Suzuki, Ayumi: Animating the Chaos. Contemporary Japanese Anime, Cinema, and Postmodernity. Master of Arts (Thesis), Southern Illinois University, Mass Communication and Media Arts 2008 (86 S.).
Added by: joachim (05/29/2011 03:29:51 PM)
|Resource type: Thesis/Dissertation
BibTeX citation key: Suzuki2008
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Keywords: "Elfen Lied", Animation, Film adaptation, Interculturalism, Japan, Manga, Miyazaki. Hayao, Okamoto. Lynn, Popular culture, Randformen des Comics
Publisher: Southern Illinois University (Carbondale)
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Due to the growing popularity of Japanese popular culture in the global market, this thesis seeks to illuminate the reason why those Japanese popular media such as anime (Japanese animation) are so popular among the youth in other late-capitalist nations, especially North America. My hypothesis is that the voice integrated into Japanese media reflects the voice of the young audience in other late-capitalist societies since Japan has been recognized as the most advanced postmodern nation (McGray, 2002). Japanese visual media animate the consumer capitalist Japan; at the same time, they criticize its social condition by mediating the frustration toward the false contentment associated with the blind pursuit of money and pleasure. People living in the consumer capitalist societies whose hearts are torn between the obsession to possess materials and the dissatisfaction in those very same materials, hence, find comfort and sympathy in Japanese media.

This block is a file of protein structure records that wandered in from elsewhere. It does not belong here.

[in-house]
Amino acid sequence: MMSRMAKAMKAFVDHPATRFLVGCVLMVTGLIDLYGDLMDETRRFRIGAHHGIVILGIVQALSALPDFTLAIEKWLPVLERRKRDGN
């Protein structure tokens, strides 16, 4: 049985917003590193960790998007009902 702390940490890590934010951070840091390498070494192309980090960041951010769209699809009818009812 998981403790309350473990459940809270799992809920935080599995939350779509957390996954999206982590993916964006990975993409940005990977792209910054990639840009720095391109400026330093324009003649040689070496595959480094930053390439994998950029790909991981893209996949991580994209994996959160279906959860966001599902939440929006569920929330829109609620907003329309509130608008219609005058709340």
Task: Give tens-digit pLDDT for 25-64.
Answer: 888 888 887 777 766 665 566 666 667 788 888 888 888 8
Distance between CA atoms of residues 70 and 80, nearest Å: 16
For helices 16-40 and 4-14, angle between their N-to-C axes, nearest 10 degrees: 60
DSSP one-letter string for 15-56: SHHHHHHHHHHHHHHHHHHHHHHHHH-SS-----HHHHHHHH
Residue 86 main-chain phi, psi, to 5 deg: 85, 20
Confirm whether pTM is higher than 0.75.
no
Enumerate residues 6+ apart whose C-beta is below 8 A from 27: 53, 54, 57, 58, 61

Chapters are composed of analysis of three Japanese visual media: Spirited Away (2001: an anime film by Hayao Miyazaki), Elfen Lied (2004: an anime TV series emerged from manga of the same title), and Bright Future (2003: a live-action film illustrating the frustrated youth in contemporary Japan).
Table of Contents
1. A Nightmare of Capitalist Japan: Spirited Away (2001) by Hayao Miyazaki (8)
2. Cries of Elfins: Elfen Lied (2004) by Mamoru Kanbe (27)
3. Into a Bright Future: Bright Future (2003) by Kiyoshi Kurosawa (47)
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